Vaccination with avirulent strains has been used to control infections but vaccinated poultry and cattle can still have outbreaks due to reversion to a more virulent strain8. Antibiotics can treat animals that are sick and have symptoms but do not eradicate the bacterial colonization in asymptomatic animals colonized with Pasteurella multocida7.

In their review of P. multocida cases, Weber et al. reported that in humans, P. multocida can cause local wound infections related to animal bites and scratches, respiratory infections, and systemic infections10.  In the case of infected dog and cat bites, Pasteurella species were the most frequent isolates from the bites. P. canis was the most common in dogs while P. multocida were most common in cats6. P. multocida is the causative agent in 20-50% of the 1-2 million bite wounds from cats and dogs each year in North America8 The wound infections have rapid onset of erythema, warmth, tenderness and purulent drainage. Local complications include septic arthritis, osteomyelitis, most commonly in a finger or hand after cat bite10.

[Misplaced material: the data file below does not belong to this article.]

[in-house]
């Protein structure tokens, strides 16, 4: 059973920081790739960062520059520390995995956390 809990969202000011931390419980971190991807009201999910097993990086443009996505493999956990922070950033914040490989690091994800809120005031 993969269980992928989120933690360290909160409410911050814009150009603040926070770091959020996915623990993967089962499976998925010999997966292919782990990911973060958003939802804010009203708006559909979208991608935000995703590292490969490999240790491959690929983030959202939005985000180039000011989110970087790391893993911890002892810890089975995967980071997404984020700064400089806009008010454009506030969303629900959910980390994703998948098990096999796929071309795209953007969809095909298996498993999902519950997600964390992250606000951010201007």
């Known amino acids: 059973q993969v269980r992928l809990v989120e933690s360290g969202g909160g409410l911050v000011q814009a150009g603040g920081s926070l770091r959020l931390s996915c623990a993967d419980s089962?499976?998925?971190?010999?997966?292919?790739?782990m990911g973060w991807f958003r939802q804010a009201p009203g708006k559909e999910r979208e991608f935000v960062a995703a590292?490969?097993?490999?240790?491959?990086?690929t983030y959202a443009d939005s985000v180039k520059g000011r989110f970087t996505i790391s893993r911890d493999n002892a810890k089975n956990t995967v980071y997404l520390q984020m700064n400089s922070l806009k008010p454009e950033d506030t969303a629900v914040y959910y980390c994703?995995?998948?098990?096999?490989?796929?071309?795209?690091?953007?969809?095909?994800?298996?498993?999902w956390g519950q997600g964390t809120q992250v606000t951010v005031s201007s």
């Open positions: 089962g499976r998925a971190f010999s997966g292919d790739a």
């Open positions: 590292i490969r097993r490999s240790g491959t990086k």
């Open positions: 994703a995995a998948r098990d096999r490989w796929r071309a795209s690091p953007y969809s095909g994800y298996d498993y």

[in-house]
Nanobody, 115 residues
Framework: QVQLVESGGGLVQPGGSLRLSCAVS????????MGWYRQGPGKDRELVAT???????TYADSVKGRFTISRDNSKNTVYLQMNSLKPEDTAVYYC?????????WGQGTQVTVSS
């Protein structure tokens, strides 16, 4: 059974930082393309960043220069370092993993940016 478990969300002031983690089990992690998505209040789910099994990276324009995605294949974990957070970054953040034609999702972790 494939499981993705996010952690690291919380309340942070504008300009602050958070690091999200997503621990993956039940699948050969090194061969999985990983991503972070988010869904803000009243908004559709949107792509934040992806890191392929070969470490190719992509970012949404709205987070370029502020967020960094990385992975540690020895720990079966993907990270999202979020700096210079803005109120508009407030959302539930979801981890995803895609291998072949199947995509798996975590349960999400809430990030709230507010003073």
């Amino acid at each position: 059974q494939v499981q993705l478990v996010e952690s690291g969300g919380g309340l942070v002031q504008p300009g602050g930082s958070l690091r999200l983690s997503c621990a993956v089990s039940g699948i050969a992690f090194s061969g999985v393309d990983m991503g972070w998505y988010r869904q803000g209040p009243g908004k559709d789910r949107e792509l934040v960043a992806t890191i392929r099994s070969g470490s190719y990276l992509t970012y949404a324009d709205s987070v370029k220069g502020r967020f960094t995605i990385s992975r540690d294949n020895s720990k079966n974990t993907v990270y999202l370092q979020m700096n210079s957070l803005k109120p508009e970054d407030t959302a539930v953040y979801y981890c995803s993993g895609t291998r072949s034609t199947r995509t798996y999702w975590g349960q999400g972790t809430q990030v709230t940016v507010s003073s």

P. multocida in the respiratory tract is usually a commensal bacteria in patients with underlying lung disease. Infections occur after inhalation of organism from aerosolized secretions of infected animals. The organism can be dormant as part of the normal flora until disruption of the host’s immunity leads to secondary infection.  Pasteurella multocida can cause pneumonia, tracheobronchitis, lung abscess and empyema. Elderly patients with chronic obstructive pulmonary disease, bronchiectasis and malignancy are at risk. In patients with a history of pet exposure and chronic lung disease, there should be consideration of Pasteurella as a potential pulmonary pathogen. P. multocida pneumonia has been named the cat cuddler’s cough for this reason6.